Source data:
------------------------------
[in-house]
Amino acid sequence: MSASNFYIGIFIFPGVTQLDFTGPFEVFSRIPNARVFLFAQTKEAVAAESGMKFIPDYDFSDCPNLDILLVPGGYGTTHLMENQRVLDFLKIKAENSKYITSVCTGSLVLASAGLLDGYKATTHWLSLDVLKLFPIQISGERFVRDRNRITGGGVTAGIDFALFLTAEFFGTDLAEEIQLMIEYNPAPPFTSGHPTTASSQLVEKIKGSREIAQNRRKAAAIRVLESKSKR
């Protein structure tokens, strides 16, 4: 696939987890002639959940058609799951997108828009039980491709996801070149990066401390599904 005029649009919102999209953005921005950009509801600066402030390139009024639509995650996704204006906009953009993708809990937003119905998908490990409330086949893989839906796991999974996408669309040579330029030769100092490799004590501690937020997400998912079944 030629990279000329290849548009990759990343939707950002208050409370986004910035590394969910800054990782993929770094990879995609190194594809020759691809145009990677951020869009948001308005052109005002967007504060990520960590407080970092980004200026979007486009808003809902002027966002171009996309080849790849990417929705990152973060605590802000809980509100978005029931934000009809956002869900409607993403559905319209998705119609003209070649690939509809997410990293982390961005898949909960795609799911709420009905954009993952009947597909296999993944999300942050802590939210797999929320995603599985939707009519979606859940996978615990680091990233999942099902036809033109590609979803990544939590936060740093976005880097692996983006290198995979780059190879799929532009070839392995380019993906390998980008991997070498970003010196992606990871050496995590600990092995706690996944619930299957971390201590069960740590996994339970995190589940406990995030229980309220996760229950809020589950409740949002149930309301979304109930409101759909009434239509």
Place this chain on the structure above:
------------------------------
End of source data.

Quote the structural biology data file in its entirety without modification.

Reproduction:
[in-house]
Amino acid sequence: MSASNFYIGIFIFPGVTQLDFTGPFEVFSRIPNARVFLFAQTKEAVAAESGMKFIPDYDFSDCPNLDILLVPGGYGTTHLMENQRVLDFLKIKAENSKYITSVCTGSLVLASAGLLDGYKATTHWLSLDVLKLFPIQISGERFVRDRNRITGGGVTAGIDFALFLTAEFFGTDLAEEIQLMIEYNPAPPFTSGHPTTASSQLVEKIKGSREIAQNRRKAAAIRVLESKSKR
């Protein structure tokens, strides 16, 4: 696939987890002639959940058609799951997108828009039980491709996801070149990066401390599904 005029649009919102999209953005921005950009509801600066402030390139009024639509995650996704204006906009953009993708809990937003119905998908490990409330086949893989839906796991999974996408669309040579330029030769100092490799004590501690937020997400998912079944 030629990279000329290849548009990759990343939707950002208050409370986004910035590394969910800054990782993929770094990879995609190194594809020759691809145009990677951020869009948001308005052109005002967007504060990520960590407080970092980004200026979007486009808003809902002027966002171009996309080849790849990417929705990152973060605590802000809980509100978005029931934000009809956002869900409607993403559905319209998705119609003209070649690939509809997410990293982390961005898949909960795609799911709420009905954009993952009947597909296999993944999300942050802590939210797999929320995603599985939707009519979606859940996978615990680091990233999942099902036809033109590609979803990544939590936060740093976005880097692996983006290198995979780059190879799929532009070839392995380019993906390998980008991997070498970003010196992606990871050496995590600990092995706690996944619930299957971390201590069960740590996994339970995190589940406990995030229980309220996760229950809020589950409740949002149930309301979304109930409101759909009434239509």
Place this chain on the structure above: